Infosys has a strong track record of innovation. How did this help you to create an AI-first business strategy?

Infosys – through our Center for Emerging Technologies – has been at the forefront of generative AI before it became mainstream with ChatGPT. In fact, as an early supporter, we were one of the initial donors to OpenAI during the nonprofit phase. Our commitment to generative AI extends back many years, particularly as part of our cloud migration program. Our Center for Emerging Technologies and the Infosys Innovation Network look at the startups and new technologies that are emerging, curating them to use internally for the organisation and also for our customers. This proactive approach has given us a head start in our generative AI journey.

How are your customers using generative AI?

We’re seeing recurring patterns among our clients using generative AI. One key application is customer advisory services, which is about taking organisational knowledge and making it available to front-end customer service or advisory professionals, whether it is event managers or sales personnel
With generative AI, you can train a model with your organisation data, so that everybody in the field can have the latest up-to-date information. In sales and marketing functions, tasks such as newsletter and content generation are also automated. For IT operations, generative AI is a game changer as it helps with self-service assistance and faster resolution. Another area where AI can play a crucial role is in business operations – from automated document processing and document summarisation to enterprise search for specific business functions.

Another use case is AI for legacy systems migration, modernising your current landscape. Then, of course, there is helpdesk and contact center use cases. Learning and enablement is another interesting area as you can generate a lot of learning content much more seamlessly, including creating videos from your content and avatars to deliver the content – making the learning approach much more intuitive and customised with generative AI.

Which industries are adopting AI the fastest?

We see applicability across all industries, and we’re talking to our customers across different sectors. But some are, perhaps, leveraging it a lot more, like healthcare, financial services, telecoms, and media.

What would your advice be to IT leaders approaching the integration of AI across their business?

We see IT leaders jumping straight to proof of concept to test the water. However, if you want to implement at scale and make a difference within an organisation, it requires more deliberate planning and strategy.

Some of the key lessons learned are, first and foremost, it is not just an IT-only initiative. You need to get stakeholders onboard across your business functions and have a strong executive sponsorship. This goes a long way in the success of taking it to scale across an organisation.

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The second piece of advice is to understand there are hundreds of use cases that are actually possible and it is important to prioritise these to figure out which is the best benefit to the business – a focus on the return on investment is key. Without this, you may end up creating use cases that don’t have adequate business impact.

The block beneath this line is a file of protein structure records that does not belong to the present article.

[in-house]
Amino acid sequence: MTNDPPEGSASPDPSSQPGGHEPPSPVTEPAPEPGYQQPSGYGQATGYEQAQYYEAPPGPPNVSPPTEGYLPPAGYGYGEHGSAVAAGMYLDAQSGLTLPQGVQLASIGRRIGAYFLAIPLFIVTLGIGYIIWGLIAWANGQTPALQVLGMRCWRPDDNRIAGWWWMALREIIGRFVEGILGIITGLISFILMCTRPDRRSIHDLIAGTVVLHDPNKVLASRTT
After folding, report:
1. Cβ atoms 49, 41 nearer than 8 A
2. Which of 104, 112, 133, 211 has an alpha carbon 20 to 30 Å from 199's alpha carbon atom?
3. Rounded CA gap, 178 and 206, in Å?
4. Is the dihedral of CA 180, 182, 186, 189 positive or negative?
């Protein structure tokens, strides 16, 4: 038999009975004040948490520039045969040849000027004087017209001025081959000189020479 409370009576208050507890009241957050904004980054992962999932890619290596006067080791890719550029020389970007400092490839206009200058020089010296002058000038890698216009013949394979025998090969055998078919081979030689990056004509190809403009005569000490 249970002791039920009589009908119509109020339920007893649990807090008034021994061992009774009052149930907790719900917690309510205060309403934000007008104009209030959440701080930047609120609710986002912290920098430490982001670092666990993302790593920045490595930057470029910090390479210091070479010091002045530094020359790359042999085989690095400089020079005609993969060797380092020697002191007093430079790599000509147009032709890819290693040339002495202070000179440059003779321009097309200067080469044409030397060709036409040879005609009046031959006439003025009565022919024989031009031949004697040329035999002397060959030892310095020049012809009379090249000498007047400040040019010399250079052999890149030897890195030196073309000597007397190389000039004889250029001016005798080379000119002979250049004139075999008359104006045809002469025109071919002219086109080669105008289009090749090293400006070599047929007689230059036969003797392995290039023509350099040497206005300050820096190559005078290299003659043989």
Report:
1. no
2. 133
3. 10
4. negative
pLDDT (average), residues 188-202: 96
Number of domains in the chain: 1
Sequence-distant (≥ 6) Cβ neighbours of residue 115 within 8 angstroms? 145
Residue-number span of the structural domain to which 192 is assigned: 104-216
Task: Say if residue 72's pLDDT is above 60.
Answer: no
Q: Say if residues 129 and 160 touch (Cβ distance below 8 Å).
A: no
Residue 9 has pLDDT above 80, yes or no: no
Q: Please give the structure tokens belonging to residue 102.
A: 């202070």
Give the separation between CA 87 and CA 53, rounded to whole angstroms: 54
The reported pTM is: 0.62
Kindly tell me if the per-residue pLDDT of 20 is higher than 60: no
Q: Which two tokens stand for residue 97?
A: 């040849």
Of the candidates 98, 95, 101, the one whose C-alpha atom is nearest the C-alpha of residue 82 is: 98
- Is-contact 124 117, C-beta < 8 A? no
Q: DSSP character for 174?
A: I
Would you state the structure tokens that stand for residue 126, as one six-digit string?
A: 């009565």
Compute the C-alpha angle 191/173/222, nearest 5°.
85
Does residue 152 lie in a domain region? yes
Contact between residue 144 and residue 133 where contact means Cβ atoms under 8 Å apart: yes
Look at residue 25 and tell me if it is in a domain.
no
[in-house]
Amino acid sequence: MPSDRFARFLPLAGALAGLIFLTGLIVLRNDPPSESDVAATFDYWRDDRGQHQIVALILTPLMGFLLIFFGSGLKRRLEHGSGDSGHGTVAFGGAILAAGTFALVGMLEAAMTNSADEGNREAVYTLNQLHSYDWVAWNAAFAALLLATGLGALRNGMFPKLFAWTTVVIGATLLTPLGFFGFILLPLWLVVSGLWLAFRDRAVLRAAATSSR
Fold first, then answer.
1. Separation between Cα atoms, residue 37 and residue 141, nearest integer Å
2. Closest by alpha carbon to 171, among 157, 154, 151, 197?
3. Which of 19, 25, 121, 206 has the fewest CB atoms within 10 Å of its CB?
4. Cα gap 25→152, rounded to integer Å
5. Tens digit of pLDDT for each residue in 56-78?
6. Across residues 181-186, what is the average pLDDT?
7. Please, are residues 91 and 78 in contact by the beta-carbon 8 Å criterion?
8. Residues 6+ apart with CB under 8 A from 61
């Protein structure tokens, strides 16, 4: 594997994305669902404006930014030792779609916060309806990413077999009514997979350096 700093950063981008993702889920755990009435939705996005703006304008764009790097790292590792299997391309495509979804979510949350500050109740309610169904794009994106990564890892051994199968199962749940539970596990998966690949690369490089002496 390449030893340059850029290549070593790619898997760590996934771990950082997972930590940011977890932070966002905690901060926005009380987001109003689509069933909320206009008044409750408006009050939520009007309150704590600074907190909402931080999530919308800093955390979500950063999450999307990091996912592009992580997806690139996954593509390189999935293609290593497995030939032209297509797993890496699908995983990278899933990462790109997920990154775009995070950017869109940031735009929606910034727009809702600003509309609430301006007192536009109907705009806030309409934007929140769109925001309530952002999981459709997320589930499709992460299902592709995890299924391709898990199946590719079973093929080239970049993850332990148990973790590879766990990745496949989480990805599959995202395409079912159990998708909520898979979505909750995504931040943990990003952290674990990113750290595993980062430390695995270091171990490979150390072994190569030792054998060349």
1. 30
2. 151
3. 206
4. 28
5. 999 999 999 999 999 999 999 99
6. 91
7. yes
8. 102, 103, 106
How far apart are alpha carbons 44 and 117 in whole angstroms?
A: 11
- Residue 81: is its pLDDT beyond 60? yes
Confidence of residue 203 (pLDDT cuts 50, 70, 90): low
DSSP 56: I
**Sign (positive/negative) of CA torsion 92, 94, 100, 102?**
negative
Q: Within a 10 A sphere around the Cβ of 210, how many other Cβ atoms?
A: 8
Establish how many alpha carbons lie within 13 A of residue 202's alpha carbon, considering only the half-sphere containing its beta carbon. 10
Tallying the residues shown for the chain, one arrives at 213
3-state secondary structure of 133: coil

It is also important to develop the architecture and implementation patterns from a technology perspective. Technologies move very quickly, therefore it is important to ensure that what you develop does not become outdated. We would recommend creating a platform to leverage the latest and best models and keep it slightly abstract from your use cases and the data.

Another key lesson or potential pitfall is making sure that we are looking at responsible AI right from the start – this must be free from bias, while taking care of security issues, data privacy issues, and also making sure that it is trustworthy. This aspect is extremely important, it needs to be responsible by design from the design stage.

Talent is also a crucial aspect – it is important to both centralise some of the key capabilities that you actually need and at the same time, democratise AI across the entire organisation. Finding talent gaps and making sure that the entire organisation is skilled to be able to leverage what you can do with AI is very important.

And finally, it is important to build a good partner ecosystem – from product vendors across cloud service providers and specialist AI startups to service integrators, for example.

Do you see AI implementation as amplifying human potential or replacing human roles within an enterprise setting?

As an organisation, we want to become an AI-first enterprise. What this means is that we look at how we can apply AI in everything that we do. One of the things that we are starting to look at is how we could create AI assistants for every role in Infosys. As software developers, we should be able to do the job better with the enhancement of AI. With AI, a recruiter should be able to perform the role better and so should a marketing person or a salesperson in their respective roles.
We looked at use cases and how we can amplify human potential, not replace it. AI technology is well suited to provide outputs that a person needs to review before incorporating into whatever they are actually doing. And that’s the way that we look at it, we call it amplifying human potential to create exponential impact.